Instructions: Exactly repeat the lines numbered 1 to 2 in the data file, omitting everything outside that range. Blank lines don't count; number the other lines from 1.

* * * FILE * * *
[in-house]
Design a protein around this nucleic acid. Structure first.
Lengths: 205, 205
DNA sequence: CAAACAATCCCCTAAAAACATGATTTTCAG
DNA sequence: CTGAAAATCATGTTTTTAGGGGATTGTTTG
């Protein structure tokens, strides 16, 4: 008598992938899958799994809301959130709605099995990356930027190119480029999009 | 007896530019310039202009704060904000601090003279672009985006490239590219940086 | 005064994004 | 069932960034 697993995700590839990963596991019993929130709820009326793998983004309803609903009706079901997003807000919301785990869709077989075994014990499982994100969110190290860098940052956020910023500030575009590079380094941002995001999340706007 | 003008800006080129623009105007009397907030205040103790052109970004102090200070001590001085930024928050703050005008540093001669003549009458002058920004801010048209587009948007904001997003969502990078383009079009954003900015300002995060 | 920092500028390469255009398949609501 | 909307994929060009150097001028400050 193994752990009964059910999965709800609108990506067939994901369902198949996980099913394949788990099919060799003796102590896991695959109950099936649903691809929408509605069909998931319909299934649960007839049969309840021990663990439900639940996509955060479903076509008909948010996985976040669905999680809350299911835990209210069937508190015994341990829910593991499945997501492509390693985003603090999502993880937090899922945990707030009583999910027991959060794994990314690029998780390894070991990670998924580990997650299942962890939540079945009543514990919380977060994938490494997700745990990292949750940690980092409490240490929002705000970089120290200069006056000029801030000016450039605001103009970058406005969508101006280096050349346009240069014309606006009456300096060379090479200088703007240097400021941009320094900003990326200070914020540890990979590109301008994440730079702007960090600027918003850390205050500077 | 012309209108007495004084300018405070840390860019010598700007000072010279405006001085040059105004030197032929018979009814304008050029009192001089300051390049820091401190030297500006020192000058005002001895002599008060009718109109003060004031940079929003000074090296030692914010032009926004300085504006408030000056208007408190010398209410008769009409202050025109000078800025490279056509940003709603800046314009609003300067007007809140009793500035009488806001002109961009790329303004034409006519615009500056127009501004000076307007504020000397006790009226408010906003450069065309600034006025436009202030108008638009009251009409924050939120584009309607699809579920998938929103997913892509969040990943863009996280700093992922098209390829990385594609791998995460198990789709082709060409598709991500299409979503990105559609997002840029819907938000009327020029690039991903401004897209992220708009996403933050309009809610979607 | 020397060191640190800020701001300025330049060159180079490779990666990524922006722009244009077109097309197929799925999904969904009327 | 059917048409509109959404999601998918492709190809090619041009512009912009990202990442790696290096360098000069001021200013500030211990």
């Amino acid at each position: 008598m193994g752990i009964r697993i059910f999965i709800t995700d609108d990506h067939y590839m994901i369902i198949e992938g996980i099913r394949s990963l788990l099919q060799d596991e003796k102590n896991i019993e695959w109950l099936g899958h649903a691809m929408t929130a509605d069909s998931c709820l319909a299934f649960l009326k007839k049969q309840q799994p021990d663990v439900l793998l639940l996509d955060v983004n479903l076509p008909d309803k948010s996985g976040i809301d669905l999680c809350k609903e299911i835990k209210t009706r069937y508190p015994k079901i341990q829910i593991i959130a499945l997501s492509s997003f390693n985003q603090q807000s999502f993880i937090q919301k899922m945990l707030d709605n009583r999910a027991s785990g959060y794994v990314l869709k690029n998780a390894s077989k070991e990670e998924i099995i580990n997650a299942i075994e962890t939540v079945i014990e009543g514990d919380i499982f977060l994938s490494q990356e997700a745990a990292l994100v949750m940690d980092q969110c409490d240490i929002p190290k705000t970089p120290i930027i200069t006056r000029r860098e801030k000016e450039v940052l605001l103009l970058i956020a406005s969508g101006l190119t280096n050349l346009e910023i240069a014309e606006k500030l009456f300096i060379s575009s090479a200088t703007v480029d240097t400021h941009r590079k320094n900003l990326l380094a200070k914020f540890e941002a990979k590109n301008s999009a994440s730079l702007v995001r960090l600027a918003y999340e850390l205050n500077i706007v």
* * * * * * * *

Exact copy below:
[in-house]
Design a protein around this nucleic acid. Structure first.